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brewpub boiler operations

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  • brewpub boiler operations

    What do you those of you who operate brewpubs or small breweries do regarding turning your boiler on/off? I run a 7 bbl brewpub and am currently brewing 3 times a week. So on non-brewdays I usually have the boiler off. The problem I'm running into is on brewdays. Right now I come in very early in the morning (I live very close by) and turn on the boiler and kettle, leave and then come back an hour+ later to start mashing in.

    I'd like to speed things up a bit so I'm wondering how many people have their boilers hooked up to a timer, or just don't turn them off at all (or only turn them off on weekends)?
    Hutch Kugeman
    Head Brewer
    Brooklyn Brewery at the Culinary Institute of America
    Hyde Park, NY

  • #2
    Ours is a small brewpub as well, with a sectional steam boiler, and unless we are shut down for a week or more we leave it on. There is a lot of heat/pressure stress to the system during start up, so when we restart we will cycle on and off a couple of times to preheat the boiler prior to developing pressure. Equally important and often ignored is the stress from the vacuum caused by shut off and cooling. We try to remember after shutoff to relieve the vacuum on the system after it cools, just crack a valve and that helps to de-stress the system. Since the boiler contributes to heating the brewery we don't consider it a money problem in the winter, but above all repairs and replacement costs are crazy high compared with the cost of idling for a few days per week.


    • #3
      leave it on

      You'll have to decide for yourself when you hit the tipping point where the extra gas costs for keeping it running make sense, but I will say that we experienced an improvement in boiler performance reliability when we quite shutting it down between uses.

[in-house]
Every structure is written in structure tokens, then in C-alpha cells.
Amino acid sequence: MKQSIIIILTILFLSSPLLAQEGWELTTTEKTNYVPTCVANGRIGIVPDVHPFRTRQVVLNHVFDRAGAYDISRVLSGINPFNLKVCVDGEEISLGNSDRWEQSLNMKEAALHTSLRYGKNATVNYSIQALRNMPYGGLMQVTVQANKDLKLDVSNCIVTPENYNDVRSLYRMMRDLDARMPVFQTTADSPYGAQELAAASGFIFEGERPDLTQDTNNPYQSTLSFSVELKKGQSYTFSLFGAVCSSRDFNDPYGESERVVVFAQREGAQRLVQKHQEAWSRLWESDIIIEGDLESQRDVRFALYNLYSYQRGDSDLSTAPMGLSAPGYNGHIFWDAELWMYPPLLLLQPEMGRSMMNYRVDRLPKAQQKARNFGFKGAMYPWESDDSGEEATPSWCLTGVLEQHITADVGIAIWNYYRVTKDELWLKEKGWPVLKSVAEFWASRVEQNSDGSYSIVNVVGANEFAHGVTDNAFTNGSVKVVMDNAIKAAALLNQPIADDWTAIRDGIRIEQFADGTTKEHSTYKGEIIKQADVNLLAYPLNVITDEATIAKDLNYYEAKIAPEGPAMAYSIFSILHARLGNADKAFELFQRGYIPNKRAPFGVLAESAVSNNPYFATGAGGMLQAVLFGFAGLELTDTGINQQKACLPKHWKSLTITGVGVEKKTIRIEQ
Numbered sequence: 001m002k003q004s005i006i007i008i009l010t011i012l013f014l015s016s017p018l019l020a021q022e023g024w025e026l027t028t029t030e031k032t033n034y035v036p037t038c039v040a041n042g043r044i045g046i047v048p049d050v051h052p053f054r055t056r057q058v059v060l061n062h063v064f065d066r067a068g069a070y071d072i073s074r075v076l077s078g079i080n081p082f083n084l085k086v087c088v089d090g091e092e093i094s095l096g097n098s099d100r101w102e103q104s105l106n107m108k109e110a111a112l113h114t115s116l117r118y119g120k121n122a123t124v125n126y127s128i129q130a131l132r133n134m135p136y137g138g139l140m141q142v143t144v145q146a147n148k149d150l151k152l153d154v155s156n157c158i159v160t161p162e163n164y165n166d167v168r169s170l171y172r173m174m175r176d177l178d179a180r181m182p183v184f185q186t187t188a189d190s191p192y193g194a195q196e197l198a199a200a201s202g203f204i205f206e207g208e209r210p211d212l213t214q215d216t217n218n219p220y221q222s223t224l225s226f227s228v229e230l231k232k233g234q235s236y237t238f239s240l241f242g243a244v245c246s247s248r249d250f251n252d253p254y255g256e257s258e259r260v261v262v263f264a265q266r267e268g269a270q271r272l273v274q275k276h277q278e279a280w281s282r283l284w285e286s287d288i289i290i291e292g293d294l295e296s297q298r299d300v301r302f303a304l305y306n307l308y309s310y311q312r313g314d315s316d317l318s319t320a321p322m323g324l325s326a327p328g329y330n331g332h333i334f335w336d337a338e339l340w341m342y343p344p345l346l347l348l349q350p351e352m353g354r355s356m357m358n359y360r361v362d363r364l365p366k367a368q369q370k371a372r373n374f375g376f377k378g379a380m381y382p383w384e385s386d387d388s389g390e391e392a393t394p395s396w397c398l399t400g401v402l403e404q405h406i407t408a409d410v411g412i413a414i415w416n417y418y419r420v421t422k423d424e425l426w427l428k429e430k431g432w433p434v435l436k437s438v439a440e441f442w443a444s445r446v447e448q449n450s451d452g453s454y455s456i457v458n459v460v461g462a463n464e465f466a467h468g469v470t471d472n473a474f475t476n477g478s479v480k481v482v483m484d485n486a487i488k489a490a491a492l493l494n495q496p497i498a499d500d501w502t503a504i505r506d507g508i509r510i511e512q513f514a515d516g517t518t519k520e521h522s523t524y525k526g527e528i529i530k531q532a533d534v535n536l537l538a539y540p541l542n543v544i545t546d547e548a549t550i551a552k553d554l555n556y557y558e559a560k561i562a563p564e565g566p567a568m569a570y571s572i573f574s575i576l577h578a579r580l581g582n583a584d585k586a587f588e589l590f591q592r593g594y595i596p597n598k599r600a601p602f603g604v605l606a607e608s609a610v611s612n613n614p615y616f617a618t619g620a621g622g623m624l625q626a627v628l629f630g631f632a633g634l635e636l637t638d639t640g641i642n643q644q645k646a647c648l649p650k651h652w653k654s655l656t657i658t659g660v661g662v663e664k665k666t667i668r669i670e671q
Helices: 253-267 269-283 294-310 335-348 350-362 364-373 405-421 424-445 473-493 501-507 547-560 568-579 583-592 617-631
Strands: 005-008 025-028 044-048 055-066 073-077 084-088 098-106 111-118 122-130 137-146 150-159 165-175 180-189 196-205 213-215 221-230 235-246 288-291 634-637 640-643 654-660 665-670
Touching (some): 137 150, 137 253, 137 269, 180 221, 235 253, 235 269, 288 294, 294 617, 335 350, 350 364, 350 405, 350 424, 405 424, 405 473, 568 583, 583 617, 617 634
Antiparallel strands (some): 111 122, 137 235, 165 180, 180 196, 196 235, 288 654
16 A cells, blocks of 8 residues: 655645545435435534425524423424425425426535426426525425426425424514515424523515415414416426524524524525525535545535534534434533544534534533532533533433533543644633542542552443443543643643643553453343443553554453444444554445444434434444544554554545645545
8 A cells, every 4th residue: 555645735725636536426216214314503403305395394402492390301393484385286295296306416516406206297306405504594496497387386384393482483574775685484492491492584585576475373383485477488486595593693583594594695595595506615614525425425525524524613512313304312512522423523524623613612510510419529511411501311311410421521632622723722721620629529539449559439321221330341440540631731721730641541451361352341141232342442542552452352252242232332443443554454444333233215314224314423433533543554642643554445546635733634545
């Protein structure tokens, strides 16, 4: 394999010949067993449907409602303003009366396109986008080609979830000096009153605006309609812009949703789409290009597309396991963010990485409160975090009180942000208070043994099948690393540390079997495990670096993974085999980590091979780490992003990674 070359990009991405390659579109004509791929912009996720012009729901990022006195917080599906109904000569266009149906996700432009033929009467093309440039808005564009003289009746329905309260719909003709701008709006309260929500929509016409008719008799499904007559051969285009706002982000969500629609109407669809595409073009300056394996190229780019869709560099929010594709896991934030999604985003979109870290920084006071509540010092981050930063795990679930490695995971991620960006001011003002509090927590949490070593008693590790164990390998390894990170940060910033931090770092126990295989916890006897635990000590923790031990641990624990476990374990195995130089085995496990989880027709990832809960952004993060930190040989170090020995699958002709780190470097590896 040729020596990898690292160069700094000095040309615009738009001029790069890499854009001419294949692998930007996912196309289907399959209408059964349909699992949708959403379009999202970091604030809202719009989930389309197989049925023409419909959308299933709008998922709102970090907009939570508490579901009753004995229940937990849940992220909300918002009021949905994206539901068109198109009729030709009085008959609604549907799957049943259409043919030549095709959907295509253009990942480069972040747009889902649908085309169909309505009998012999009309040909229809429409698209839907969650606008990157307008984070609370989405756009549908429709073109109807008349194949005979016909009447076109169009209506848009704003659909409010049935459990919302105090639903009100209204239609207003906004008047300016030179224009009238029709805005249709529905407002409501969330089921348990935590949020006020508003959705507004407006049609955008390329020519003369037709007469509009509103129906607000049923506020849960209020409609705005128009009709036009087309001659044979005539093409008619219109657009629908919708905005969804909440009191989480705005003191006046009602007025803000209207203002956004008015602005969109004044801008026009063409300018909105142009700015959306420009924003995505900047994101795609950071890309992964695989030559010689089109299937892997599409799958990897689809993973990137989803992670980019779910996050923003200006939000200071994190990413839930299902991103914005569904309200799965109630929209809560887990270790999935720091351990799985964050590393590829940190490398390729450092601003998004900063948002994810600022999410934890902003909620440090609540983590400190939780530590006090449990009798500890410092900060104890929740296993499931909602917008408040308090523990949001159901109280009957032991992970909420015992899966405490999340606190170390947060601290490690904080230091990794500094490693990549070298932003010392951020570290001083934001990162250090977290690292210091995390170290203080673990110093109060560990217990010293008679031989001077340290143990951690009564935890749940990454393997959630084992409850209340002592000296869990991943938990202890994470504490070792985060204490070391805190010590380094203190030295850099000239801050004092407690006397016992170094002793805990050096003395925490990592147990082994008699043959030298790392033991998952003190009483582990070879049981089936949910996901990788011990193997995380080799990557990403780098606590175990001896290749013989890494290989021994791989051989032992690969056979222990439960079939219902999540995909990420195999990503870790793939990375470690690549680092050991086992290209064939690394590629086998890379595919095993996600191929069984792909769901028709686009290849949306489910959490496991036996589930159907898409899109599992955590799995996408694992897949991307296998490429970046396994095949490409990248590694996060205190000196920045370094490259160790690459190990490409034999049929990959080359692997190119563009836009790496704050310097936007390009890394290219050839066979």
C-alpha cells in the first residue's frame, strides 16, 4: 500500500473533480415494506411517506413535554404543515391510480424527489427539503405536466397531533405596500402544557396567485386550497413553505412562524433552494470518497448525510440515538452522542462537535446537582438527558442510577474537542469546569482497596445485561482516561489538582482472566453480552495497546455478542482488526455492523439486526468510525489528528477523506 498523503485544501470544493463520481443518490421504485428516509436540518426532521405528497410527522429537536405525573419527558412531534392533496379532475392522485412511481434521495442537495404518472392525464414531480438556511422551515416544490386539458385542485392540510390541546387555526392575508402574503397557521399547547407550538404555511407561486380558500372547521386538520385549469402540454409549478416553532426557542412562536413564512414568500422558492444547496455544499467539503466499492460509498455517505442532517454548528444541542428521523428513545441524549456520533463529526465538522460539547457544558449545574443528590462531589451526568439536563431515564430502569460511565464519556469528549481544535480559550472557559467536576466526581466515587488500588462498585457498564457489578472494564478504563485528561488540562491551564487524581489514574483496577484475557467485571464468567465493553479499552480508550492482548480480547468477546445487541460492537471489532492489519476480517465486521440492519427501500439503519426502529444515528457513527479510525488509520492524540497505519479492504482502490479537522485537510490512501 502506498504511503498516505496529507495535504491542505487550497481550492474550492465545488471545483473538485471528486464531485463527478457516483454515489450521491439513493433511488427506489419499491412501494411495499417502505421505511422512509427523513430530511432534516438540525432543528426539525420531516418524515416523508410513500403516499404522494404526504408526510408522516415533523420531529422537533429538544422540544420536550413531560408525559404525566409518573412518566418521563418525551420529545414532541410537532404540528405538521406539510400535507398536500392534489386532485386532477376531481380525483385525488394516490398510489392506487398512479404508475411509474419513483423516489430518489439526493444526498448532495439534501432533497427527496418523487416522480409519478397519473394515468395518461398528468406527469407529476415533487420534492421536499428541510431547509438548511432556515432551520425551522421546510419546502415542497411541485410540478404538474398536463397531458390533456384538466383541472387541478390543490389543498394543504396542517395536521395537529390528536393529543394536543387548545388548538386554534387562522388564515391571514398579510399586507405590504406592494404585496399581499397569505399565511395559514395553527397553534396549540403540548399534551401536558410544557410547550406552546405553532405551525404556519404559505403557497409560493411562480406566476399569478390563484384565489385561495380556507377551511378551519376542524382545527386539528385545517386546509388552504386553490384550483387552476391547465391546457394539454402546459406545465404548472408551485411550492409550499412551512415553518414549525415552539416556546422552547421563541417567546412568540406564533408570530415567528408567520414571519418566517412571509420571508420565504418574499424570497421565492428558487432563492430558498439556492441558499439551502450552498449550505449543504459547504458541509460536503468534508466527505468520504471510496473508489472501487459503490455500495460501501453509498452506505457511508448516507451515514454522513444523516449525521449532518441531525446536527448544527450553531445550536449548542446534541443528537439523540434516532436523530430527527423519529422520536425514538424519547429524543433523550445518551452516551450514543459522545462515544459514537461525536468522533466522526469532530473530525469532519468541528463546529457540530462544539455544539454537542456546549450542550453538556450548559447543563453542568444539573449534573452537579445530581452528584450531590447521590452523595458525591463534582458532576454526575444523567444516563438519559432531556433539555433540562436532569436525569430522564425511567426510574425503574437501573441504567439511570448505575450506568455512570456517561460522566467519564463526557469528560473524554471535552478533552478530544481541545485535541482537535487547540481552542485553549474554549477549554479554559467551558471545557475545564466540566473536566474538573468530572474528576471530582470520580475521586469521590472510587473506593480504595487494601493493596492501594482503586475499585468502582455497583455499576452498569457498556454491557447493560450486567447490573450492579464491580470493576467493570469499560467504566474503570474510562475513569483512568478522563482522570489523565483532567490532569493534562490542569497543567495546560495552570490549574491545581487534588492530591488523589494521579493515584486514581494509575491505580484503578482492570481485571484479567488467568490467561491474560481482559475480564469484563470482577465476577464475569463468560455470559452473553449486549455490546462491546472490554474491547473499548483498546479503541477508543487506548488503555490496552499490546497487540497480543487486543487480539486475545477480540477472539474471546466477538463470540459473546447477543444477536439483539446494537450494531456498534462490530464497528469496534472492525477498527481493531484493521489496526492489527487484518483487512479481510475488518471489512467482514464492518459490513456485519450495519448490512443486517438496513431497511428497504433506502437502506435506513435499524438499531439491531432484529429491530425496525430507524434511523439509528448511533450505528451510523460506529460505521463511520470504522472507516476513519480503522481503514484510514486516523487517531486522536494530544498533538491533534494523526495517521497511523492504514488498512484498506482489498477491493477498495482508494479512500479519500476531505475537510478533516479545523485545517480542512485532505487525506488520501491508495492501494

Steve Bradt
      Regional Sales Manager
      Micro-Matic Packaging Division
      Eastern United States and Canada


      • #4
        We leave ours on. Similar situation brewing 3 days a week in brewpub.

        Firing up a cold boiler and heating up the system takes a lot of energy. I also agree that this can be stressful on the boiler itself.


        Liam McKenna


        • #5
          I don't have a boiler, but I do have an inline water heater. Seems like you could dough in with hot water first and start mash while boiler is firing up.
          Keith Yager
          Head Brewer/Owner
          Yellowhammer Brewing Co.


          • #6
            My boiler just has a switch on/off. When someone says that their boiler is "idling" is there a setting on your boiler for that? Or are you just closing off all the valves and letting it cycle on/off on its own?

            To respond to the original post, I only brew about once a week, and I turn my boiler off when not in use. I usually come in the day before a brew day to heat up the water. If I get it about 10 or 20 degrees higher than my mash in temperature, then it will cool down to the right temperature by the next morning.
            Troy Robinson
            Quirk Brewing
            Walla Walla


            • #7
              When I am idling the boiler its just left on, and I don't go to the trouble to shut off the master supply valve, but one could. Hope this helps. Remember after shut downs to blow down pretty good, just as the system starts to develop a few pounds of pressure. This will keep your boiler in good clean shape as well as having soft make up water and good treatment chemical protocols.